In light of the growing interest in searching for low mass, rocky planets, we investigate the impact of starspots on radial velocity searches for earth-mass planets in orbit about M dwarf stars. Since new surveys targeting M dwarfs will likely be carried out at infrared wavelengths, a comparison between V and Y band starspot-induced jitter is made, indicating a reduction of up to an order of magnitude when observing in the Y band. The exact reduction in jitter is dependent on the photosphere to spot contrast ratio, with greater improvements at smaller contrasts.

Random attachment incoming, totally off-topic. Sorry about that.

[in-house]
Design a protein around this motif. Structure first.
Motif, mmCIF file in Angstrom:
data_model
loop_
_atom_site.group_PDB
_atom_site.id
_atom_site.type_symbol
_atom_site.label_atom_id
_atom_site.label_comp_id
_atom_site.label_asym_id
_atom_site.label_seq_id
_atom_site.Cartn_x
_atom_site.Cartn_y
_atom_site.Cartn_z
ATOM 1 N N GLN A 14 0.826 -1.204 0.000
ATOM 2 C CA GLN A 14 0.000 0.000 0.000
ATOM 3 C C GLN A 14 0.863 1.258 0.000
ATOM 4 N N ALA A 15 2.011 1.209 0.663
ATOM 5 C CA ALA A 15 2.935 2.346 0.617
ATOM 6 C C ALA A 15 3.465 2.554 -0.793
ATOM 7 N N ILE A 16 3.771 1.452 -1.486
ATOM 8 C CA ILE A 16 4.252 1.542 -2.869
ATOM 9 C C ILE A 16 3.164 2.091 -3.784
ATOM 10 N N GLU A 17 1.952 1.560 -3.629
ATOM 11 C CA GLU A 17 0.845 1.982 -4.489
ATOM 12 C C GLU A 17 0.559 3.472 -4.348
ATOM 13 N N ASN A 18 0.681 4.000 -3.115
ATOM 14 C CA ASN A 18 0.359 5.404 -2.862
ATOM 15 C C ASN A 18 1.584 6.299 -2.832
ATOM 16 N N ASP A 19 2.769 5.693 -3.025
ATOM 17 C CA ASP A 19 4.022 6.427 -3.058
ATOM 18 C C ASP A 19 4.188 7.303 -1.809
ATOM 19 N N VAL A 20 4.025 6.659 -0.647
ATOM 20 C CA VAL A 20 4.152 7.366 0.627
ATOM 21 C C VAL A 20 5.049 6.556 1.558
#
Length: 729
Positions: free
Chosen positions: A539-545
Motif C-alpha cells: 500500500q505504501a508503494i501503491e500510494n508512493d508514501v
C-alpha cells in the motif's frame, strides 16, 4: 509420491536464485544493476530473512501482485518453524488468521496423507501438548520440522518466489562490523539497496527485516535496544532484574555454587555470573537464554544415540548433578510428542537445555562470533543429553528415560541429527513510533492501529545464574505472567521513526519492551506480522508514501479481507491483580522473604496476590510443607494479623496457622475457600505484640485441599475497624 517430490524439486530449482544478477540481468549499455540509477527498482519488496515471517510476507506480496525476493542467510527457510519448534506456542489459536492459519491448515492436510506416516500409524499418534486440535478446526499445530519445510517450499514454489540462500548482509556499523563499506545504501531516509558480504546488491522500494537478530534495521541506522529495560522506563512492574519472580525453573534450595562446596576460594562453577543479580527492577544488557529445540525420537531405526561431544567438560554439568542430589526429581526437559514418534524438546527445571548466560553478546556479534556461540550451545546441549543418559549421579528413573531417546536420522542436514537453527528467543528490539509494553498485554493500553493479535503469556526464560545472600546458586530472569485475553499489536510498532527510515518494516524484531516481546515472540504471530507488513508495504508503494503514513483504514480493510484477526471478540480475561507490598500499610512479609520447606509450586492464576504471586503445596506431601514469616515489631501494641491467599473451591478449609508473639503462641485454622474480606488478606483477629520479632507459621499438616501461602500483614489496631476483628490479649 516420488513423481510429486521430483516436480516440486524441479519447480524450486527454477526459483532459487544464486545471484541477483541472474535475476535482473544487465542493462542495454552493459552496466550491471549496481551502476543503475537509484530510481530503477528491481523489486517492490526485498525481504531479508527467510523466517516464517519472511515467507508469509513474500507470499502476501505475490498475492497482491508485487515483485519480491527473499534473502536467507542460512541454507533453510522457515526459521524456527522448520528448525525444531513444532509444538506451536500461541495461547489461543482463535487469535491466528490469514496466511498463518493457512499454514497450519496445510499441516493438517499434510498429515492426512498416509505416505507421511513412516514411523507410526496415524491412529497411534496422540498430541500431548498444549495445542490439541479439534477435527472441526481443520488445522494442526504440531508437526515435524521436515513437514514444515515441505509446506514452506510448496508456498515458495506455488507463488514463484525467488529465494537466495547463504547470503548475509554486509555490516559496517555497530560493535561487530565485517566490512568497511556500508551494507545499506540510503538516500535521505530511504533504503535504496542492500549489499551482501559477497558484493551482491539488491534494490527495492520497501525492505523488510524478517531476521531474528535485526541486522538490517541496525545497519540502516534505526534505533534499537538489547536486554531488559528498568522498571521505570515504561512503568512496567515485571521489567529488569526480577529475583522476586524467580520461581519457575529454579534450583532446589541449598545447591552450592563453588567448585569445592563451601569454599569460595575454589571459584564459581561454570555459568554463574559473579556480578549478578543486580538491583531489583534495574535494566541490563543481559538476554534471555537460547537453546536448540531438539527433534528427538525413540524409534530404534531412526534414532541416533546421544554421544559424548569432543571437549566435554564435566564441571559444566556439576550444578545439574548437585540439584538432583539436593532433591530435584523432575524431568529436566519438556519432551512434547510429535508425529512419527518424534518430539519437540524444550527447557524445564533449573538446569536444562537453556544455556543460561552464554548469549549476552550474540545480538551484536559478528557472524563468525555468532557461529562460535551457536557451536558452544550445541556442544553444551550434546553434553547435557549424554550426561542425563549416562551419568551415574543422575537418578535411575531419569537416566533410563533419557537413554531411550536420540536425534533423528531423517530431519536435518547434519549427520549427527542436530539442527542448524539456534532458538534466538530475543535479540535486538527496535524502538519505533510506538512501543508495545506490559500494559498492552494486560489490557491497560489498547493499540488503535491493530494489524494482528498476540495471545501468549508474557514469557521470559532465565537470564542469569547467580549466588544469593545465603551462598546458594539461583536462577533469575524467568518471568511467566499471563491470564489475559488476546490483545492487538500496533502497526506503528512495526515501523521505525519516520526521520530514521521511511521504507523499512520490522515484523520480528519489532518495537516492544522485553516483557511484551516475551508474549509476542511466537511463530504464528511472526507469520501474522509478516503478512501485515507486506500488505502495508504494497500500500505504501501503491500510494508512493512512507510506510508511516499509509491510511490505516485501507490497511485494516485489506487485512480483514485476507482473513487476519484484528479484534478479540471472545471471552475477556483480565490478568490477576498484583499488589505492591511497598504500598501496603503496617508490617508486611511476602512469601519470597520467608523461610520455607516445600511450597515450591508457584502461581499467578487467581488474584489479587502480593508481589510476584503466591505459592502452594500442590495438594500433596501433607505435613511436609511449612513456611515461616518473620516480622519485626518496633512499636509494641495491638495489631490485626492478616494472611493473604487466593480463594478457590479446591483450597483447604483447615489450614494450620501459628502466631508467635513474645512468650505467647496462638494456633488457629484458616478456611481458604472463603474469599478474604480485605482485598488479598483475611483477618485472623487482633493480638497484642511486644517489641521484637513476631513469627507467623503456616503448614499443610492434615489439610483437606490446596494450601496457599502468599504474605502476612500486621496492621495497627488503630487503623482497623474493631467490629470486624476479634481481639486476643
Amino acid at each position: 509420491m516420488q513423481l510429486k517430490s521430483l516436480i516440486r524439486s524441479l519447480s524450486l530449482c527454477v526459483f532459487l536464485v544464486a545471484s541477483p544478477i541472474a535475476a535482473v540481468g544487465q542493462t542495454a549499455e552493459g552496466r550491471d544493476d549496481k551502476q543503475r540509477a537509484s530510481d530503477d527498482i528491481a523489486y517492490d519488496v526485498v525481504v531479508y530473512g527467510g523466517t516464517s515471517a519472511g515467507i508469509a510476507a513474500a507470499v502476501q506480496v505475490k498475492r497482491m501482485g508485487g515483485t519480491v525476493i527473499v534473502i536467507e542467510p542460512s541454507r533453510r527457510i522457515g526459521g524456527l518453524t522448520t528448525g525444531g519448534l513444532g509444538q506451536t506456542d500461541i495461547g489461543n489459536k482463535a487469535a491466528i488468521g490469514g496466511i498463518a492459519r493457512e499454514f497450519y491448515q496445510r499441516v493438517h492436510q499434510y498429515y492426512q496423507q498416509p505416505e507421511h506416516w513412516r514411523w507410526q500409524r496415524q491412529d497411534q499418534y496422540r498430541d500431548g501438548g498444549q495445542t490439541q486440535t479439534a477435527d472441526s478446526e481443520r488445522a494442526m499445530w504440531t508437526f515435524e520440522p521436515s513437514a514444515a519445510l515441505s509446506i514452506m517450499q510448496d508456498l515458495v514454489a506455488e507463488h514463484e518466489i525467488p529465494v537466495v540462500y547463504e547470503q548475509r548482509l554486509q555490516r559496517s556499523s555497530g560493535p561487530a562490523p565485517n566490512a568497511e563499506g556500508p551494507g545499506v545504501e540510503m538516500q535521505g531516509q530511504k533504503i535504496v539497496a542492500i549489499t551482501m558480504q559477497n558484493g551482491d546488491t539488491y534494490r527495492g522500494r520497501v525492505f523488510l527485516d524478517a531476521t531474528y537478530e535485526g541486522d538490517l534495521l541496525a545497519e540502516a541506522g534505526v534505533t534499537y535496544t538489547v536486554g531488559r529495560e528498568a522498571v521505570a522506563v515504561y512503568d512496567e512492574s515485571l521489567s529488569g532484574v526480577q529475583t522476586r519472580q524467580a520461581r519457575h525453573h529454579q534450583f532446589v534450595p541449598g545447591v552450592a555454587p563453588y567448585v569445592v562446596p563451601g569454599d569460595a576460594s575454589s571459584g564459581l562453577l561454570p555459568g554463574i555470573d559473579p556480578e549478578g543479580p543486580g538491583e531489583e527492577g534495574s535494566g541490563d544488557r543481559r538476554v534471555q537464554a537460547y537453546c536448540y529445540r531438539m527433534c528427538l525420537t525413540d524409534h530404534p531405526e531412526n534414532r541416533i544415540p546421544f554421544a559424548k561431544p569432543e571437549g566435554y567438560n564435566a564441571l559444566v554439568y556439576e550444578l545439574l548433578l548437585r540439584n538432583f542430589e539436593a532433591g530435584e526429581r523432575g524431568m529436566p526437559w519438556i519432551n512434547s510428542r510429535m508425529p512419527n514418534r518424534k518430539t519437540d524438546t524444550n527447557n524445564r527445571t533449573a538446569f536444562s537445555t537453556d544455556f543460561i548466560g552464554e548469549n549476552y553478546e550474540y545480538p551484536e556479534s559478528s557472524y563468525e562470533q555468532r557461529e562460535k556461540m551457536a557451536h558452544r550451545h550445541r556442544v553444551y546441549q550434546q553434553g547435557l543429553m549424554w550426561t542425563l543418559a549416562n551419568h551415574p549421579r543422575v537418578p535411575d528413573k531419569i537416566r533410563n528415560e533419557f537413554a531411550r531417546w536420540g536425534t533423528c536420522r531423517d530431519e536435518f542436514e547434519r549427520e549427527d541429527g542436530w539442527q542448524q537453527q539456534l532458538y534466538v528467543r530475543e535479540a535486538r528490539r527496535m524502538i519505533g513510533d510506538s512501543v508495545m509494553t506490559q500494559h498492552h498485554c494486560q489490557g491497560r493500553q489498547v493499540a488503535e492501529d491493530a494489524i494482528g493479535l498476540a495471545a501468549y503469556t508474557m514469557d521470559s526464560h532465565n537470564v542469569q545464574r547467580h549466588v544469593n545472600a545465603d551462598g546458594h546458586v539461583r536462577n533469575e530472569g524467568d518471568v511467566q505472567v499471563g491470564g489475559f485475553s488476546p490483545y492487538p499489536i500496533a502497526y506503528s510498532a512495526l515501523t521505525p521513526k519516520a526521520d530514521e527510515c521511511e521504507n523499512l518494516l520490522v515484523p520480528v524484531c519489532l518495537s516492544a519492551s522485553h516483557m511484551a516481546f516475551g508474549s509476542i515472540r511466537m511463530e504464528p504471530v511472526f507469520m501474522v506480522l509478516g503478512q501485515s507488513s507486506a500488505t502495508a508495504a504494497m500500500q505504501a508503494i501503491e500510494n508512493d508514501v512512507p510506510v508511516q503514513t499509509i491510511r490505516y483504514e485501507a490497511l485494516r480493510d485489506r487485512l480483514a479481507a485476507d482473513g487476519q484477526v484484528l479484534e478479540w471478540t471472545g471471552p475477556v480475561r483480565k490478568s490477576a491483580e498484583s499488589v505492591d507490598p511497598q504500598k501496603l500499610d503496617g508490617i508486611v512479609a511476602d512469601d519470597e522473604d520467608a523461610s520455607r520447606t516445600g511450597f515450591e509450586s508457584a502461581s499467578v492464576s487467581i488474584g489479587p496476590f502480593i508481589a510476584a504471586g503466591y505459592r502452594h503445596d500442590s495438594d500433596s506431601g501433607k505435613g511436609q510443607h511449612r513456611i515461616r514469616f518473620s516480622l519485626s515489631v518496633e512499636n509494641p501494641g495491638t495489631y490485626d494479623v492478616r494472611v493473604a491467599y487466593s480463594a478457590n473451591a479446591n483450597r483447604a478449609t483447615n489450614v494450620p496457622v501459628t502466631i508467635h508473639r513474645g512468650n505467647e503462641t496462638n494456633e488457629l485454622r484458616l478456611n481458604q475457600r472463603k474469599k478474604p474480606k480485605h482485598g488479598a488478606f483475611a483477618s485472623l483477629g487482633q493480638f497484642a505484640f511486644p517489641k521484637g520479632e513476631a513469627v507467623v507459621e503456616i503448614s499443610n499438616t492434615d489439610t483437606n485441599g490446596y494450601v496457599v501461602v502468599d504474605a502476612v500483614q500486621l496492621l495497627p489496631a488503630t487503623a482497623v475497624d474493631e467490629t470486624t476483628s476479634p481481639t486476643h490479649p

We extrapolate a model used to describe solar spot distributions to simulate the spot patterns that we expect to find on M dwarfs. Under the assumption that M dwarfs are near or fully convective, we randomly place starspots on the stellar surface, simulating different levels of spot coverage. Line profiles distorted by spots are derived and are used to investigate the starspot-induced jitter. By making assumptions about the degree of spot activity, detection limits for earth-mass planets in habitable zones are simulated for between 10 and 500 observation epochs. We find that ≤50 epochs are required to detect 1–2 planets (with <1 per cent false alarm probability) orbiting slowly rotating 0.1 and 0.2 M⊙ stars. This sensitivity decreases when typical rotation velocities and activity levels for each stellar mass/spectral type are considered. No detections of below 20 planets are expected for ≤500 observations for the most active stars with v sin i≥ 20 km s−1 and dark spots.